India’s business confidence hits two-year low

Published Aug 29, 2011 08:37am

India’s hawkish central bank has hiked interest rates 11 times in 18 months in an effort to curb inflation running at close to double-digits in Asia’s third-largest economy. - Reuters Photo

NEW DELHI: India’s business confidence has slumped to a two-year low, according to a survey released on Monday, with companies rattled by a slowing domestic and global economy.

The survey of nearly 300 companies by a leading business body showed its business confidence index had tumbled to 51.6 out of 100 in the April-to-June quarter from 63.7 in the previous three-month period.

“Both global and domestic factors seem to have dented the level of confidence of India Inc.,” said the Federation of Indian Chambers of Commerce and Industry.

The survey, which covered companies from the textiles, steel and energy sectors to autos and consumer goods, reflected “growing apprehensions about the world economy entering into another recession”, the business body said.

“At the domestic level, rising interest costs and weak domestic demand – both in part attributable to the contractionary monetary policy pursued by the Reserve Bank of India – are taking their toll,” it said.

The release of the survey came a day before official data that are expected to show economic growth slowed in the April-June quarter to 7.6 per cent from a year earlier, hurt by the central bank’s aggressive monetary tightening.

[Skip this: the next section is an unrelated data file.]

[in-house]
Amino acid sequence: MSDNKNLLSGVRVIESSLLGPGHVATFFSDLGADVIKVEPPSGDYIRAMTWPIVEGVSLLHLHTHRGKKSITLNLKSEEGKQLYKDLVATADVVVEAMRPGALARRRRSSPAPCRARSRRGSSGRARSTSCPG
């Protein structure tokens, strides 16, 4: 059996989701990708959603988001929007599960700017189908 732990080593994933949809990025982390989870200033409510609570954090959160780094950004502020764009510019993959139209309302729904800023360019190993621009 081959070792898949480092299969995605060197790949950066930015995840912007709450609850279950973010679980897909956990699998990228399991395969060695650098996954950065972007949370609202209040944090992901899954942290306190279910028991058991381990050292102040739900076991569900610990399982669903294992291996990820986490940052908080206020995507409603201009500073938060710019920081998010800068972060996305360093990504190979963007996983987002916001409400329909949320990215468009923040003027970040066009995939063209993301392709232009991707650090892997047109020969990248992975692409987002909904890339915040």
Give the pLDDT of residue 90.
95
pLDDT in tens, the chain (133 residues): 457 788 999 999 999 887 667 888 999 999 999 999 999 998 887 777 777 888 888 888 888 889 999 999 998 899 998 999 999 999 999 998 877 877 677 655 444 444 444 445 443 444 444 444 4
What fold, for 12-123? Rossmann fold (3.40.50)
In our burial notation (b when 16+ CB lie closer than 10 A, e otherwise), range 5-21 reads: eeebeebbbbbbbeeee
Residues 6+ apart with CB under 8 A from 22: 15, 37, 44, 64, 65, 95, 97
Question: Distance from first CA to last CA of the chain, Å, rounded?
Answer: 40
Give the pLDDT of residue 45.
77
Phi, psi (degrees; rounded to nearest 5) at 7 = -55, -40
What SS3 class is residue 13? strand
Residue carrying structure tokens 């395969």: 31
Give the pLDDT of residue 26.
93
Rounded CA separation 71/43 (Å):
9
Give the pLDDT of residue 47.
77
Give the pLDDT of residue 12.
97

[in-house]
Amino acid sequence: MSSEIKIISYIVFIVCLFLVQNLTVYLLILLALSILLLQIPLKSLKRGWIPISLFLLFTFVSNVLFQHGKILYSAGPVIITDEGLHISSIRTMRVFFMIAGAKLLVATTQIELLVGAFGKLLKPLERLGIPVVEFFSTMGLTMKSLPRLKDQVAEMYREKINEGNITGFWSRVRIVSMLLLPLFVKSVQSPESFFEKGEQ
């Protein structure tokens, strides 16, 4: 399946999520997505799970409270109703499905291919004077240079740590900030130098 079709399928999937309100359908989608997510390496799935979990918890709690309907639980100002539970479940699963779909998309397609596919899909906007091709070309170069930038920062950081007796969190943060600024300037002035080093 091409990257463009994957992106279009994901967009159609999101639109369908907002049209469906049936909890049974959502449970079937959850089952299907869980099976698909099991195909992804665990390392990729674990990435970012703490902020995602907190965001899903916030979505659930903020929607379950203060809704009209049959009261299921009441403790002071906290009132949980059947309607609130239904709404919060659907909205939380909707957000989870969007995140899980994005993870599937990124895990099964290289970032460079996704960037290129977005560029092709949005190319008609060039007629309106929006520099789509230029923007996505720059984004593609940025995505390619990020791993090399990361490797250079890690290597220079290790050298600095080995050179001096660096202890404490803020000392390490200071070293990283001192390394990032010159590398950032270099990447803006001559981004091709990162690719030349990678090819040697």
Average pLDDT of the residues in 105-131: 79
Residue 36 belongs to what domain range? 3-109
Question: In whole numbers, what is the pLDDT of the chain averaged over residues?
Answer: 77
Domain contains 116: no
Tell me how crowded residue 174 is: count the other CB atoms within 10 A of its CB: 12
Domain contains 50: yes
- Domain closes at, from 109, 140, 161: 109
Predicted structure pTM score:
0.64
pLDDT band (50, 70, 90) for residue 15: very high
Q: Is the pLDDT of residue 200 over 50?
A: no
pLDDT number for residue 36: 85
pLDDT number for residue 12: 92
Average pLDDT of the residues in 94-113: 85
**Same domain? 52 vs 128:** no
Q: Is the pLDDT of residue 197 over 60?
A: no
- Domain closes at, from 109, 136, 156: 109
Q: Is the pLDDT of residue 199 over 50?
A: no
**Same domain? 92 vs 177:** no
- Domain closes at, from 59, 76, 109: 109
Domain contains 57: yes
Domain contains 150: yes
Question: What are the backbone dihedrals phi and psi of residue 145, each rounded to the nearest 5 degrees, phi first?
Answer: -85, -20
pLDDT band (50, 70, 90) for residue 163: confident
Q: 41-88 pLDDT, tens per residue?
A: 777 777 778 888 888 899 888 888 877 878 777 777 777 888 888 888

The consensus market forecast is lower than the 7.8 per cent expansion in the January-March period as well as the 9.3 per cent growth in the first quarter of the previous fiscal year.

India’s hawkish central bank has hiked interest rates 11 times in 18 months in an effort to curb inflation running at close to double-digits in Asia’s third-largest economy.

India’s economy has grown by around 8.6 per cent a year since 2006 and the government is forecasting similar growth for this fiscal year to March 2012.

However, that forecast is far above bearish predictions of many private economists who expect growth in the low seven per cent range as interest rate hikes bite and private investment slows.

While even seven per cent growth might seem lofty in the face of tepid Western growth, economists say that slower growth would undermine government efforts to tackle India’s endemic poverty.

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